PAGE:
What pollution measures should I watch out for?

August 11, 2015
What pollution measures should I watch out for?

PM2.5

PM2.5 is a concentration measurement of particulate matter (PM) in the air with a diameter of 2.5 micrometers or less, roughly a 30th the width of a human hair.

In regards to human health, this measurement is of great importance. The relatively microscopic size of PM2.5 gives it the potential to lodge deep into the most sensitive part of the respiratory tract upon inhalation – triggering respiratory illnesses such as asthma, bronchitis, and emphysema. After this particulate matter is absorbed by cells in the lungs, it has the capacity to travel to the heart - increasing the potential for cardiovascular problems such as arrhythmic heartbeats and heart attacks.

Because PM2.5 is simply defined by it’s size, it can originate from both organic and inorganic sources. Common sources include: soil, diesel exhaust, combustion emissions, and industrial processes such as construction and demolition.

PM10

Similar to PM 2.5, PM 10 is suspended particulate matter which can appear in either a liquid or solid forms. PM 10 differs from PM2.5 only in terms of size.

While PM 2.5 is particulate matter that has a diameter of 2.5 micrometers or less, PM 10 is particulate matter with a diameter between 10 - 2.5 micrometers. Therefore, PM10 is the larger, coarser particles in the air.

PM10 is not as dangerous as PM2.5 because it’s relatively larger size prevents it from being easily absorbed into the bloodstream. It can, however, cause irritation to the eyes, nose, and throat.

Sources for PM10 include dust and dirt from roads, farms and dry land as well as inorganic combustion.

Ozone (O3)

The Ozone molecule is a naturally occurring compound that plays a vital role in blocking out harmful ultraviolet light from the sun. At the ground level however, ozone is toxic.

While other pollutants are emitted directly into the air by various sources, Ozone is simply created by sunlight acting on nitrogen oxides (NO) and volatile organic compounds (VOC) in the air. For this reason, Ozone is the most pervasive and most difficult to control of the six pollutants.

Short term exposure to even low concentrations of Ozone significantly reduces lung function, often causing respiratory inflammation. Other symptoms can include chest pain, nausea, coughing, and pulmonary congestion. Long term exposure to high levels of ozone, on the other hand, can cause very serious and permanent structural damage to the the lungs.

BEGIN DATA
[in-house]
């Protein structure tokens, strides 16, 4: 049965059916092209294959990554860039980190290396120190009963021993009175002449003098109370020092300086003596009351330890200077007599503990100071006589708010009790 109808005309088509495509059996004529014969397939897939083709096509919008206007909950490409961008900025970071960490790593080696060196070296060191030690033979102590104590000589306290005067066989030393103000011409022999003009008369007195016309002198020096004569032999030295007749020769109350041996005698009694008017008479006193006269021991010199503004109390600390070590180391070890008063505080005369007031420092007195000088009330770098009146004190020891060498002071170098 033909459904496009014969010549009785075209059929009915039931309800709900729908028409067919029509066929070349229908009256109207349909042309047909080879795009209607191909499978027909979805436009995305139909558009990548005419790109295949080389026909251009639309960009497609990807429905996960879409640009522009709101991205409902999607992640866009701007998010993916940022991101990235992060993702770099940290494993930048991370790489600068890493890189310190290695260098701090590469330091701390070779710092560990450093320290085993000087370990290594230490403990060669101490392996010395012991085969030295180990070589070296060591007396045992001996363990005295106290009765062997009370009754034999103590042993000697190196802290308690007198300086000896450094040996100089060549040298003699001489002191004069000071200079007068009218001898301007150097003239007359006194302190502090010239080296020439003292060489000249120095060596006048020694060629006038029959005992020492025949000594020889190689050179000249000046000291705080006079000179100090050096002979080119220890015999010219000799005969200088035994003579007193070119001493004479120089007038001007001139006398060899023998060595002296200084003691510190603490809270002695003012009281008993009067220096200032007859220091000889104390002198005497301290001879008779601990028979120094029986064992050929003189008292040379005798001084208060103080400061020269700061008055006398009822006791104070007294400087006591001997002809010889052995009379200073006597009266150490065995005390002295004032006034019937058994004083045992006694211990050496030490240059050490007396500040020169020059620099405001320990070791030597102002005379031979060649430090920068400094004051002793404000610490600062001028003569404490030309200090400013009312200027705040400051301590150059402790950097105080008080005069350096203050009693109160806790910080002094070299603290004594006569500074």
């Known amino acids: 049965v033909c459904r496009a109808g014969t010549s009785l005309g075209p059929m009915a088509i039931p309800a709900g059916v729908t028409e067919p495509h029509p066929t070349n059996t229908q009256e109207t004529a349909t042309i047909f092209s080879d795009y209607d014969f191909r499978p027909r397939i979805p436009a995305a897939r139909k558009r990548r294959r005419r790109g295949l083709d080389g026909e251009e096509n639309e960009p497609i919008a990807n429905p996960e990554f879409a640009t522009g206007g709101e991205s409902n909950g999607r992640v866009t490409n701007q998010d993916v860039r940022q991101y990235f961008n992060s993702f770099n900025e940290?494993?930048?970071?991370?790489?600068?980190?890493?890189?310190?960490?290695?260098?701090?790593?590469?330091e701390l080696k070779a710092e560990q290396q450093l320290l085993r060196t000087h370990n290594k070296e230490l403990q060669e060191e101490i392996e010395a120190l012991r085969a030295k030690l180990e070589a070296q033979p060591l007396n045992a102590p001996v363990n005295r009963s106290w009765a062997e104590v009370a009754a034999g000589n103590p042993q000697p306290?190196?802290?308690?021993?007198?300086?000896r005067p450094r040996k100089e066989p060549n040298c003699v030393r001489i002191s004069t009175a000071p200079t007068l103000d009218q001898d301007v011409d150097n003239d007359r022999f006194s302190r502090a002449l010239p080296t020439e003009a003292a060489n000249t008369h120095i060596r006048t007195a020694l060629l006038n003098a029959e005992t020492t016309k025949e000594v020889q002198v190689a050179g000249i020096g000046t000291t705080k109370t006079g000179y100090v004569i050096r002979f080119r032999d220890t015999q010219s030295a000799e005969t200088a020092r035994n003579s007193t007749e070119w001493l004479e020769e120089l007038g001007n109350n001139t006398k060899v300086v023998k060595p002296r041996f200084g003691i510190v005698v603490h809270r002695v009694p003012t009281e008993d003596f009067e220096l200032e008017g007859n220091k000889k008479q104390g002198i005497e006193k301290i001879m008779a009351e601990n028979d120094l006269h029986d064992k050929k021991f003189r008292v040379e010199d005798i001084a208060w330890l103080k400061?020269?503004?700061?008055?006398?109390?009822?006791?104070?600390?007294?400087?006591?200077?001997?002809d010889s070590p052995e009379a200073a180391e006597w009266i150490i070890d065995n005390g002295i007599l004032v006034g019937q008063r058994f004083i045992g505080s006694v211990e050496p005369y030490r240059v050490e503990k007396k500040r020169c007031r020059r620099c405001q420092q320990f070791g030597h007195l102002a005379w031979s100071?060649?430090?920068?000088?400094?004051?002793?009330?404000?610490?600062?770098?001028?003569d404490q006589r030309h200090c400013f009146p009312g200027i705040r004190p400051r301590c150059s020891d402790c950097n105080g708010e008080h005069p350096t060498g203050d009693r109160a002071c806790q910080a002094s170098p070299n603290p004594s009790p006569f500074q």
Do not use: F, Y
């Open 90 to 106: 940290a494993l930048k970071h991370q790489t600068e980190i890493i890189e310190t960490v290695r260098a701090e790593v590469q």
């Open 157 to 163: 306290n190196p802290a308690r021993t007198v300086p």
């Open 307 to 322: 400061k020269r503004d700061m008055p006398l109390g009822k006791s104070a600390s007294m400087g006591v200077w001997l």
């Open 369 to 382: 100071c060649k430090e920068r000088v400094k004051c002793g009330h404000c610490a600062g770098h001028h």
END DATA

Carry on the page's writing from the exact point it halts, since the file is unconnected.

Nitrogen Dioxide (NO2)

Nitrogen dioxide is the pollutant with the characteristic biting odor we associate with pollution. In high concentrations it appears as a reddish-brown gas.

While not particularly harmful in itself - it is the precursor for pollutants like ozone and particulate matter.

Nitrogen dioxide is either formed naturally during thunderstorms or from combustion processes, most commonly in running car engines. Indoor sources include unvented heaters and gas stoves.

Health effects include irritated lungs and lower resistance to respiratory infections like influenza. Short term exposure seemingly produces only mild effects, while long term exposure leads to increased incidences of acute respiratory illness.

Carbon Monoxide (CO)

Carbon Monoxide is typically formed from incomplete combustion in vehicles, heating, coal-fired power generation, and biomass burning.

High levels of carbon monoxide is dangerous because it prevents oxygen uptake in the blood, causing a lack of oxygen supply to the heart.

Short term effects are similar to that of oxygen deprivation: headaches, dizziness, fatigue, heart palpitations, nausea, confusion, visual disturbance and muscle twitches.

Meanwhile, long term exposure to carbon monoxide can cause symptoms resembling the flu - headache, fatigue, muscle aches, nausea, vomiting and a sensitivity to light, odor and taste.

Special attention should be paid to avoid high levels of CO during pregnancy as exposure can cause brain damage in newborns.

Sulphur Dioxide (SO2)

Sulphur dioxide is commonly responsible for acid rain and low visibility. It’s prevalence is almost entirely man-made. It is formed when energy sources containing sulphur, like coal and oil, are burned in industrial processes. It can also result from fuel combustion in vehicles.

When inhaled, sulphur dioxide can cause shortness of breath and chest pain. In the long term, it can cause acute respiratory illness and permanent changes in the lungs' biology.

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